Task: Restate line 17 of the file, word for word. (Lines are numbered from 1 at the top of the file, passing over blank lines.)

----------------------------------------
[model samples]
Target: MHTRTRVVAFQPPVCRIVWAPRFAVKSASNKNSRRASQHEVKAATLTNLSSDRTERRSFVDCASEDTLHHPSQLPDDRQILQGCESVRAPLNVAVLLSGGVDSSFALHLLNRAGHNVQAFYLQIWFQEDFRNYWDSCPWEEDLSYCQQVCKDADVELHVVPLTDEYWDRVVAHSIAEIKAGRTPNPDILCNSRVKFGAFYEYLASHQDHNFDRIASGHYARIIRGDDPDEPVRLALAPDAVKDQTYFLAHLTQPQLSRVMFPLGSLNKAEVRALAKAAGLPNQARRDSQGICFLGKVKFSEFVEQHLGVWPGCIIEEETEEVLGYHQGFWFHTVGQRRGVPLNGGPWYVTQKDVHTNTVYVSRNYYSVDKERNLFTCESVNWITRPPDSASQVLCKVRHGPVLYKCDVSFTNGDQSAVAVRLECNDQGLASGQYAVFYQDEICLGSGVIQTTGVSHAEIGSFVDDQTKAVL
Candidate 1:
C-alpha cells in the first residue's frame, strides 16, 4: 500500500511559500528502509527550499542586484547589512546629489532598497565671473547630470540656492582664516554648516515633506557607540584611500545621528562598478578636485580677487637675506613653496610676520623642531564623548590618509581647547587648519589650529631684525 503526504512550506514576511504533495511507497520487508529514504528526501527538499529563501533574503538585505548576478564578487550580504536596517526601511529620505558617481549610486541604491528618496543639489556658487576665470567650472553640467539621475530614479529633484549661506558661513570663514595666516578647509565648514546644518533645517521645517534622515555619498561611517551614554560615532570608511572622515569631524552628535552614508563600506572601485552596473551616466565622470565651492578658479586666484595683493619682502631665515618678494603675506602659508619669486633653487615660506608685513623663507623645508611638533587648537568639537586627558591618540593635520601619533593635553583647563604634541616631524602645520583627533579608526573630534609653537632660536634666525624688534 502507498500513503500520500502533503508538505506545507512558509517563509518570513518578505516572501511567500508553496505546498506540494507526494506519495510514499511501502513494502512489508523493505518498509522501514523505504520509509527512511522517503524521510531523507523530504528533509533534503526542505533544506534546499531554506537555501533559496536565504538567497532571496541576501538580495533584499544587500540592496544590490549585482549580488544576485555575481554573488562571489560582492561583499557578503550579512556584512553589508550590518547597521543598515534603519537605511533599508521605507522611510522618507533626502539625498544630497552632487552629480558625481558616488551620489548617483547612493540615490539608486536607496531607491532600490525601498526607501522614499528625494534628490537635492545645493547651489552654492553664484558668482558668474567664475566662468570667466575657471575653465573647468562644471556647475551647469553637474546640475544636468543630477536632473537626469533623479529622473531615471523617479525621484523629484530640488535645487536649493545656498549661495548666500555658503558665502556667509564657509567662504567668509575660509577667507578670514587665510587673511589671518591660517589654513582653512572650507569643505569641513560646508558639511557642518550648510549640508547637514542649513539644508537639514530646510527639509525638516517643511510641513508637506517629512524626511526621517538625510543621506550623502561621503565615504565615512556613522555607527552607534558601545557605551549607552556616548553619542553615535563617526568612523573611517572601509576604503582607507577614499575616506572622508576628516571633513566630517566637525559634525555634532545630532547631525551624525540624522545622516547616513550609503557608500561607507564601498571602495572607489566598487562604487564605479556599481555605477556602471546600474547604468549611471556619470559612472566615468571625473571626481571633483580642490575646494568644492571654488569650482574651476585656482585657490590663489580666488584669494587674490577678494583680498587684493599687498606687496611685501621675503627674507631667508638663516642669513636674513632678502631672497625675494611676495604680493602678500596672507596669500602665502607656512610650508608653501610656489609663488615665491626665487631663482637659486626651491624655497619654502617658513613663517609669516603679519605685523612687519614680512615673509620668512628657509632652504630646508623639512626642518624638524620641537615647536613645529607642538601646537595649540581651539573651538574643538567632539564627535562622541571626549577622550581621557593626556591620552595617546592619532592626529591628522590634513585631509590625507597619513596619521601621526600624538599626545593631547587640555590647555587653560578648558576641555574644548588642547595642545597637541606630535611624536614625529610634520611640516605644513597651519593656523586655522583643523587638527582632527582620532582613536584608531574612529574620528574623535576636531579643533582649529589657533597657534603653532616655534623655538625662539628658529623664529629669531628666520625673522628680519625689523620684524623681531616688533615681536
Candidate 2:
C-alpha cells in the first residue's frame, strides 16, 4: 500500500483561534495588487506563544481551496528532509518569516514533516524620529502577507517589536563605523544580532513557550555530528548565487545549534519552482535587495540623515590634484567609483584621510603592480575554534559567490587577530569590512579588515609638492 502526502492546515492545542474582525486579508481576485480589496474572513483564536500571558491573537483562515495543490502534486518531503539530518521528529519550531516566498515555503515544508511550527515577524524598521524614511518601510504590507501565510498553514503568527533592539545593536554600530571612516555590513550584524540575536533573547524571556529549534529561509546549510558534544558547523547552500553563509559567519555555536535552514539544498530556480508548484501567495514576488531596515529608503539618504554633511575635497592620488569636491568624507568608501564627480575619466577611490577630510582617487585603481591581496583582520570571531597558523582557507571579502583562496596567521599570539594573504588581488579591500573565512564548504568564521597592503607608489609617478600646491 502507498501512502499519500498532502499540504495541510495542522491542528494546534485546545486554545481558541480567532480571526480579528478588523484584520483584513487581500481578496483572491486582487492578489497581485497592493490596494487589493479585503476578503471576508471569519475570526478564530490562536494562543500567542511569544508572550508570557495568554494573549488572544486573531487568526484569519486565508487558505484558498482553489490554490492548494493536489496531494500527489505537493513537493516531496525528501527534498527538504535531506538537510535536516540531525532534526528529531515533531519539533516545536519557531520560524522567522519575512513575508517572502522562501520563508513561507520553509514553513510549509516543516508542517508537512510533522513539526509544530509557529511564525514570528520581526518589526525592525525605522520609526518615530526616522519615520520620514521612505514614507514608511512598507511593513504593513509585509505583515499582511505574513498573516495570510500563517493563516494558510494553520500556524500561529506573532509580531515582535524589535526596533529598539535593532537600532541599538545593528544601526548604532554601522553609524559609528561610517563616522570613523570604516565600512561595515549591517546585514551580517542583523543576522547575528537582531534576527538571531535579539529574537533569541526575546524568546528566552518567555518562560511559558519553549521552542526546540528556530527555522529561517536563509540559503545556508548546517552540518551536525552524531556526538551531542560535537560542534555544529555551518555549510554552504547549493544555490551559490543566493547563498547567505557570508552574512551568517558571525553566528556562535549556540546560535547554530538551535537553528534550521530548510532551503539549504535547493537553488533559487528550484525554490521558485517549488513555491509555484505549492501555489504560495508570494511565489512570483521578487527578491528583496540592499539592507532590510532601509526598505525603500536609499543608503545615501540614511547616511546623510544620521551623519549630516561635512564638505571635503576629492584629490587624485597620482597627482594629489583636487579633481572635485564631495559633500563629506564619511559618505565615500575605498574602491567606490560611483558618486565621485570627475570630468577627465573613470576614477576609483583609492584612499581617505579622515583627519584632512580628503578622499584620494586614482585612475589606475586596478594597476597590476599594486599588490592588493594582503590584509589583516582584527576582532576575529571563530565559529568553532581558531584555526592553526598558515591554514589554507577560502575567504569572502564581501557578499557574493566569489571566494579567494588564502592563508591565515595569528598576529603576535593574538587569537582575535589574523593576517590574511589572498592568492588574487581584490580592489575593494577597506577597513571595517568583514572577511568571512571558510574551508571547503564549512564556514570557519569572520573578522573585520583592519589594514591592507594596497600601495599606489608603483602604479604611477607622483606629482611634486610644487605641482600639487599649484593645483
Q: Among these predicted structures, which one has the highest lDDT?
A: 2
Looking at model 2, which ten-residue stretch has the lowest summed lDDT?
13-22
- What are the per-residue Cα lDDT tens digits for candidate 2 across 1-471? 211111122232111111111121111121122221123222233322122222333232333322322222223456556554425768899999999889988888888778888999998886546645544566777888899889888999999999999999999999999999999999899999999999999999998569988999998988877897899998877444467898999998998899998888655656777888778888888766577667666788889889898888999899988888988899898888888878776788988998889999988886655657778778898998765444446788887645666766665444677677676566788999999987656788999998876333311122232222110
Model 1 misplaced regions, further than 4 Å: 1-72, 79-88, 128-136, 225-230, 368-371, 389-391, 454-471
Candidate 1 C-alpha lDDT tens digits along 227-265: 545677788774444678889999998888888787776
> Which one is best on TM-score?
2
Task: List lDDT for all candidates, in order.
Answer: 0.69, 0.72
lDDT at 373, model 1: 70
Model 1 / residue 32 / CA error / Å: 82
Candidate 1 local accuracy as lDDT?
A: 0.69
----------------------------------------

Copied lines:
Answer: 0.69, 0.72